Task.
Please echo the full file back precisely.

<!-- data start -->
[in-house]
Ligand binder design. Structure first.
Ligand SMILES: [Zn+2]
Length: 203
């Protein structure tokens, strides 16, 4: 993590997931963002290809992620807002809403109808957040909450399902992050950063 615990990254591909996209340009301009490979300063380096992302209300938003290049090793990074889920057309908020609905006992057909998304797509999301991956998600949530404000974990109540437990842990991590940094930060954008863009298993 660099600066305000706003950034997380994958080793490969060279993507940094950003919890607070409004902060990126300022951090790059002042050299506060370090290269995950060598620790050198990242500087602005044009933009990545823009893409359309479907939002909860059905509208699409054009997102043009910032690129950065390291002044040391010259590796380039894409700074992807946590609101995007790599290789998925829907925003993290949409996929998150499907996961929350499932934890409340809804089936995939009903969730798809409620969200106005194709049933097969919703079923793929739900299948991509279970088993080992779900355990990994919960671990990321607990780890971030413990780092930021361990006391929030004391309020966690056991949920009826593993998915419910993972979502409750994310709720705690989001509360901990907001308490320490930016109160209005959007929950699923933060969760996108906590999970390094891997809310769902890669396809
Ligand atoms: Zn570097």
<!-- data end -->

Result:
[in-house]
Ligand binder design. Structure first.
Ligand SMILES: [Zn+2]
Length: 203
């Protein structure tokens, strides 16, 4: 993590997931963002290809992620807002809403109808957040909450399902992050950063 615990990254591909996209340009301009490979300063380096992302209300938003290049090793990074889920057309908020609905006992057909998304797509999301991956998600949530404000974990109540437990842990991590940094930060954008863009298993 660099600066305000706003950034997380994958080793490969060279993507940094950003919890607070409004902060990126300022951090790059002042050299506060370090290269995950060598620790050198990242500087602005044009933009990545823009893409359309479907939002909860059905509208699409054009997102043009910032690129950065390291002044040391010259590796380039894409700074992807946590609101995007790599290789998925829907925003993290949409996929998150499907996961929350499932934890409340809804089936995939009903969730798809409620969200106005194709049933097969919703079923793929739900299948991509279970088993080992779900355990990994919960671990990321607990780890971030413990780092930021361990006391929030004391309020966690056991949920009826593993998915419910993972979502409750994310709720705690989001509360901990907001308490320490930016109160209005959007929950699923933060969760996108906590999970390094891997809310769902890669396809
Ligand atoms: Zn570097």